Anti-terrorism laws have become a hot topic for Australia in recent years. As global tragedies in places like London, Paris and the US have ramped up our fear of extremist attacks, politicians have responded by ramping up the legal tools that our defence forces need to prevent such attacks.
In our own backyard, we have seen the 2002 Bali bombing, the 2014 Lindt Café siege, the 2015 shooting of police worker Curtis Cheng, and the foiling of a number of potential terror plots that have led to arrests around the country. Australia’s terror threat level was raised to “probable” in September 2014 and, since then, according to Foreign Minister Julie Bishop, there have been four attacks, more than 60 arrests and 12 thwarted attacks.
“We have to be clear-eyed about the risk,” Prime Minister Malcolm Turnbull told news.com.au in June. “It is real. That is why the terror threat level in Australia is set at probable.”
This rising threat and fear of terror can stimulate governments to quickly introduce new laws or adapt existing legislation to protect citizens. But in a climate of haste and fear, we can often forget how news laws conflict with civil liberties and the rule of law.
Below are four types of laws that ostensibly seek to prevent terrorism in Australia. However, in preventing terrorism, they also pose threats to fundamental rights.
Holding without charge laws
Police can hold suspected terrorists for a specified period of time, without charge, under national anti-terrorism legislation. Suspects – and that’s all they need be – can be detained and held without charge for questioning for up to 14 days.
Such laws diminish the presumption of innocence by imprisoning and, in a sense, “punishing” people before they have been proven guilty or even had the opportunity for a fair trial.
The NSW laws came in to effect in mid-2016. Previously, a judge’s approval was sought to extend detention by 48 hours. When the laws were amended to increase the length of time police could hold suspects, Former Deputy Premier and Minister for Justice and Police Troy Grant reiterated that the “legislation … will only be utilised when there is imminent threat to our community from terrorism”.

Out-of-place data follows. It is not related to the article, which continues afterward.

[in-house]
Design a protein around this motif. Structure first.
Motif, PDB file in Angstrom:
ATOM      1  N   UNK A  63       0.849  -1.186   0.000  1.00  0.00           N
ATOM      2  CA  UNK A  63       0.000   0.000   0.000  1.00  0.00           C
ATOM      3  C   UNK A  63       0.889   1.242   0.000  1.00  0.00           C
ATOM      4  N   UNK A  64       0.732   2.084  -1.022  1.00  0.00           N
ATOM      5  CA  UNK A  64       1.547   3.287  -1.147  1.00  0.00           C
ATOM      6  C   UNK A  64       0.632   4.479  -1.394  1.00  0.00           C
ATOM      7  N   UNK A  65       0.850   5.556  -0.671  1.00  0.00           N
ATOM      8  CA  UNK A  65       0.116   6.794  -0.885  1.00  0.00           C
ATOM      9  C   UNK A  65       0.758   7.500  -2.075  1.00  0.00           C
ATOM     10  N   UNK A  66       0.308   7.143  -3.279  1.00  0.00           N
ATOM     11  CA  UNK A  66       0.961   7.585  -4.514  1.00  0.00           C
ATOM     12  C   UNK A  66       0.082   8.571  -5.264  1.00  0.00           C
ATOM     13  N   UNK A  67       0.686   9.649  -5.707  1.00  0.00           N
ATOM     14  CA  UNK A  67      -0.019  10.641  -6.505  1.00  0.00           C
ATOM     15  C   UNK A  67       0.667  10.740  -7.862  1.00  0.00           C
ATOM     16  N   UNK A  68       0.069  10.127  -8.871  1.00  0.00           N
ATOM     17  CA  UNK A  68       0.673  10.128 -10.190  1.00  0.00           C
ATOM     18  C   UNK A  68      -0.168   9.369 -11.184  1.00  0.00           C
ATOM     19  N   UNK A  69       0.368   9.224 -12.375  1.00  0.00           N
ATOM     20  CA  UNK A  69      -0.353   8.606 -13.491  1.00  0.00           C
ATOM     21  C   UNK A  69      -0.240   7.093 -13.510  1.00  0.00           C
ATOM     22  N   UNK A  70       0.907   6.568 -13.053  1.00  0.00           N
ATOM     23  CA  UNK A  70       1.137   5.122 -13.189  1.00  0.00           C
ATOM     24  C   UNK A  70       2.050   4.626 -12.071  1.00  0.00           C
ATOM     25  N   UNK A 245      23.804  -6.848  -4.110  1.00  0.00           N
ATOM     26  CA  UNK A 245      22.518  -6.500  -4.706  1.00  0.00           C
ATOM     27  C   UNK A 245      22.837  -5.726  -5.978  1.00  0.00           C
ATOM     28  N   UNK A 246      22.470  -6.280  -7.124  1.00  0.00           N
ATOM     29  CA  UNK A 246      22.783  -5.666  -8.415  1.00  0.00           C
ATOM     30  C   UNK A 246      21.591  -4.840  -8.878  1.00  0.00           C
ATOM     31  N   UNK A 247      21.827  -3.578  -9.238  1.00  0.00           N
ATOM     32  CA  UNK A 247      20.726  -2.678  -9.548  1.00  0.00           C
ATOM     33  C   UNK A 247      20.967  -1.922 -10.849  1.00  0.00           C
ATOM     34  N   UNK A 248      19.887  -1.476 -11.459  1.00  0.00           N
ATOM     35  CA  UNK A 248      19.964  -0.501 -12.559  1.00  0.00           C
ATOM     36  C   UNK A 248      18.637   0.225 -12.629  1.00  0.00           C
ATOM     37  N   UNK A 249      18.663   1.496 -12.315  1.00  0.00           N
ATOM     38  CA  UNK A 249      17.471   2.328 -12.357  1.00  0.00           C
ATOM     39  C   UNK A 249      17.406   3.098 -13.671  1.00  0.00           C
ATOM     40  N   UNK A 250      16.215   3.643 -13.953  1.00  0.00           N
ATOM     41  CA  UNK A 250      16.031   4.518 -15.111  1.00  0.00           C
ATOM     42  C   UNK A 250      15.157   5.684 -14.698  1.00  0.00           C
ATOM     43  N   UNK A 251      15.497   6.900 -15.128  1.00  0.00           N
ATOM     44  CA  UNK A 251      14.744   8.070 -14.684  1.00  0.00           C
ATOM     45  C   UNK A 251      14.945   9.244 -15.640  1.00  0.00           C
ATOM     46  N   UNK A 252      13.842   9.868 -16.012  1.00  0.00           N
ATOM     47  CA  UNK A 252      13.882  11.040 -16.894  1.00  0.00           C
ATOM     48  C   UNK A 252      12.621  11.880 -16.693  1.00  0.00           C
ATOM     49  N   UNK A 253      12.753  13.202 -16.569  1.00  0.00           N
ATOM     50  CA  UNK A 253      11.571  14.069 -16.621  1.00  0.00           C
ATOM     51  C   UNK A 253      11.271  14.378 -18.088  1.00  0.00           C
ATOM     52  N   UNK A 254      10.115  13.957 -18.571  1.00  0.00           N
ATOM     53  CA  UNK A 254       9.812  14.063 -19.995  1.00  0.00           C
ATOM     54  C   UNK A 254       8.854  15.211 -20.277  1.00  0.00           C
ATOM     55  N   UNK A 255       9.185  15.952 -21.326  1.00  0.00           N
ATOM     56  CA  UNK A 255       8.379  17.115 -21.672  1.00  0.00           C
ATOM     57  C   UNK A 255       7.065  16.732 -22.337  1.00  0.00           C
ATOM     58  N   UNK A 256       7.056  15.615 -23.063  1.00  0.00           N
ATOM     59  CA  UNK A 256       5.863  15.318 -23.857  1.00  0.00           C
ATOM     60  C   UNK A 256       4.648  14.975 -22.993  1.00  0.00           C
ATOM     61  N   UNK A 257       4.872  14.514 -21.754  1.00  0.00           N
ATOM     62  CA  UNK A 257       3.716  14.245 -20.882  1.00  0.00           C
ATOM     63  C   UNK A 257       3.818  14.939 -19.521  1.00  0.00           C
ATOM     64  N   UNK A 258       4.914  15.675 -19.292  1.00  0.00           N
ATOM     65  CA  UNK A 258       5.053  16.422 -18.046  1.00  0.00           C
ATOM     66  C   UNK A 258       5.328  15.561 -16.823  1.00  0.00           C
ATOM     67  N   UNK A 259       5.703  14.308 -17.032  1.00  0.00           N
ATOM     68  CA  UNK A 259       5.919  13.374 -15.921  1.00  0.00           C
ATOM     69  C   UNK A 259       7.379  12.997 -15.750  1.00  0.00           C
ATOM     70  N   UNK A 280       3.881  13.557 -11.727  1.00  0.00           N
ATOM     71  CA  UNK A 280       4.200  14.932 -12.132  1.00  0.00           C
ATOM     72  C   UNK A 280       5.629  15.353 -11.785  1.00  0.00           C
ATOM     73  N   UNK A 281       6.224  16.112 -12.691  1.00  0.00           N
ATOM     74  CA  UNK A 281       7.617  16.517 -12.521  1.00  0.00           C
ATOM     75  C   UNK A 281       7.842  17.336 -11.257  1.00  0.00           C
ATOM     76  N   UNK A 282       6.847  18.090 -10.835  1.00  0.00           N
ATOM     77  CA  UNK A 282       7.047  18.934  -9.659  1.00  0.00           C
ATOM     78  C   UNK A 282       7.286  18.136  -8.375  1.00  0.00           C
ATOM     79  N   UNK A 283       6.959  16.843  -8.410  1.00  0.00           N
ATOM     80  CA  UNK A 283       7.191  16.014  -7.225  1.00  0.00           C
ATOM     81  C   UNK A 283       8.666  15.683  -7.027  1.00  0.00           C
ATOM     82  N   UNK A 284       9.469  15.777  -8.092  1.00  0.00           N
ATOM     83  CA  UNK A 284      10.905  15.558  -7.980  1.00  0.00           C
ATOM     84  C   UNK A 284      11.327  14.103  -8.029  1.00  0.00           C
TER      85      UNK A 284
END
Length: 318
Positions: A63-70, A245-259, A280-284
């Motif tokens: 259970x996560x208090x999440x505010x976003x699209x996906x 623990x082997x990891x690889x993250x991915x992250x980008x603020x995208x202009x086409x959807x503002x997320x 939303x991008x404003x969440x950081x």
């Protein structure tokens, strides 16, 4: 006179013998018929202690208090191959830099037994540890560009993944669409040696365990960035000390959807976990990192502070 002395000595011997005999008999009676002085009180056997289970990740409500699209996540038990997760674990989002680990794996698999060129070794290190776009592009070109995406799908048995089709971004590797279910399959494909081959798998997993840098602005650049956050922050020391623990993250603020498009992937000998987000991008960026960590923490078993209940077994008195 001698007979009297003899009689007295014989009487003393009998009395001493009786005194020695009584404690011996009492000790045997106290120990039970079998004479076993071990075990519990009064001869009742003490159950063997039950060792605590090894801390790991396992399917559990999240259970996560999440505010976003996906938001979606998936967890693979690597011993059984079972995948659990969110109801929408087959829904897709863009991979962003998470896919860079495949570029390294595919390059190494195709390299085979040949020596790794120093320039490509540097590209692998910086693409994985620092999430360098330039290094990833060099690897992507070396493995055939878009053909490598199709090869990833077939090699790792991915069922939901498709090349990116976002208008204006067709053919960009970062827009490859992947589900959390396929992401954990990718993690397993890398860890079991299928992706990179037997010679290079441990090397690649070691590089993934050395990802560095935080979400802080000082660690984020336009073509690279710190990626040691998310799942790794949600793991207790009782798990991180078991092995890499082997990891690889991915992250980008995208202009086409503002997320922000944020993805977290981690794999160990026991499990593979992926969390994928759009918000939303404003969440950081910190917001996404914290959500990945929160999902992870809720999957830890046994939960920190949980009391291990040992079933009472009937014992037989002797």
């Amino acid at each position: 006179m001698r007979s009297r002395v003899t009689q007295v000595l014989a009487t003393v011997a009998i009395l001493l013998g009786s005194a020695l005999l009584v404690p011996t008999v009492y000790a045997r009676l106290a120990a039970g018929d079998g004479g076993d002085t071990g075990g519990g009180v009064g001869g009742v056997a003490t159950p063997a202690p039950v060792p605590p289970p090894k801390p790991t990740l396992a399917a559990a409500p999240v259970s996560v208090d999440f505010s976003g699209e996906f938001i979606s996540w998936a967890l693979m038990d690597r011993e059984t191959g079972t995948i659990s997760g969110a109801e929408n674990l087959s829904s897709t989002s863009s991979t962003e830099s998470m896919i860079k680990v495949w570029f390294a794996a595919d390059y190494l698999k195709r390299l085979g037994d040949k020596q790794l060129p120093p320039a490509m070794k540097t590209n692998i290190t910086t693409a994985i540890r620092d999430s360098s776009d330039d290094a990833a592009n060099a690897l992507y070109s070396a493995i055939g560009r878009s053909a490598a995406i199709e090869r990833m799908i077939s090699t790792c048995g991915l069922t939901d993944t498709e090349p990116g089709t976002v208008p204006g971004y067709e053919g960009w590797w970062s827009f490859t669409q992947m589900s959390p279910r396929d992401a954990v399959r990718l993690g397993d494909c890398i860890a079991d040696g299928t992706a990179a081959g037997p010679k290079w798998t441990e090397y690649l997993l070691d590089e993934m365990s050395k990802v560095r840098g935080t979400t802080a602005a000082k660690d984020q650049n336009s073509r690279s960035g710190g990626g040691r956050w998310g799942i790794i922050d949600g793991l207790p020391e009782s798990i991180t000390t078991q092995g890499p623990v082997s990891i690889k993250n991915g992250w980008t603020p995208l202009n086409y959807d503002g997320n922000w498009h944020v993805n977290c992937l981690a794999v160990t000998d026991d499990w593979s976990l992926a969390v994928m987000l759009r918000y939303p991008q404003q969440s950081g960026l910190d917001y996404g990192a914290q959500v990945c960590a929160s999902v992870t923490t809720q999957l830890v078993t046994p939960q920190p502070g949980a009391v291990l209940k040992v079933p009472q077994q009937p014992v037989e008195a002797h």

Stephen Banks, President of NSW Council for Civil Liberties, told ABC that holding without charge laws undermined the rule of law.
“The police, when they deprive individuals of their liberty, do so under the supervision of an independent arm of government – the judiciary. That is a fundamental aspect of our free society … and here we are throwing it away,” he said.
Under consorting laws, it is a criminal offence to associate with two or more other people who have specified previous convictions. You guessed it – terrorist offences are high on the list.
The idea of consorting laws is to make it difficult for criminal organisations like bikie gangs to get together and commit crimes. However, they clearly restrict a person’s freedom of association and could be seen as arbitrary. They also clash with concepts of rehabilitation in criminal justice by placing controls on former criminals who may have already served their sentences.
A mother might tell her five-year-old son he should not hang around particular friends – but is it really okay for our government to determine who we associate with?
The Law Council of Australia has observed that these association offences can “disproportionately shift the focus of criminal liability from a person’s conduct to their [alleged] membership of an organisation” – again, potentially conflicting with the presumption of innocence.
The Public Order Act makes it an offence to participate in an assembly that “gives rise to a reasonable apprehension that the assembly will be carried on in a manner involving unlawful physical violence to persons, or unlawful damage to property”.
This interferes with our ability to conduct peaceful protests, as well as any implied right to freedom of speech. While it is understandable that the authorities must legislate to protect public safety, the words “reasonable apprehension” could be perceived as granting police officers a broad scope to disseminate protests.
Just how reasonable is “reasonable”?
In June 2017, NSW Police Officers were given extraordinary new “shoot-to-kill” powers to pre-emptively shoot terrorists or suspected terrorists without fear of criminal prosecution for killing the suspect. The new laws allow police to “use lethal force to defend any persons threatened by a terrorist, or to prevent their unlawful deprivation of liberty”.
President of the Law Society of NSW Pauline Wright said she was “gravely concerned” by the legislation and that it could “result in the use of lethal force becoming the norm for any siege situation, without it necessarily being terrorist-related”.
A worrying element of these laws is that they apply to suspected terrorists as well as terrorists – thwarting important tenements of Australian criminal law such as the presumption of innocence and the right to a fair and independent trial. The “shoot first, ask questions later” method does not rest easily with the rule of law.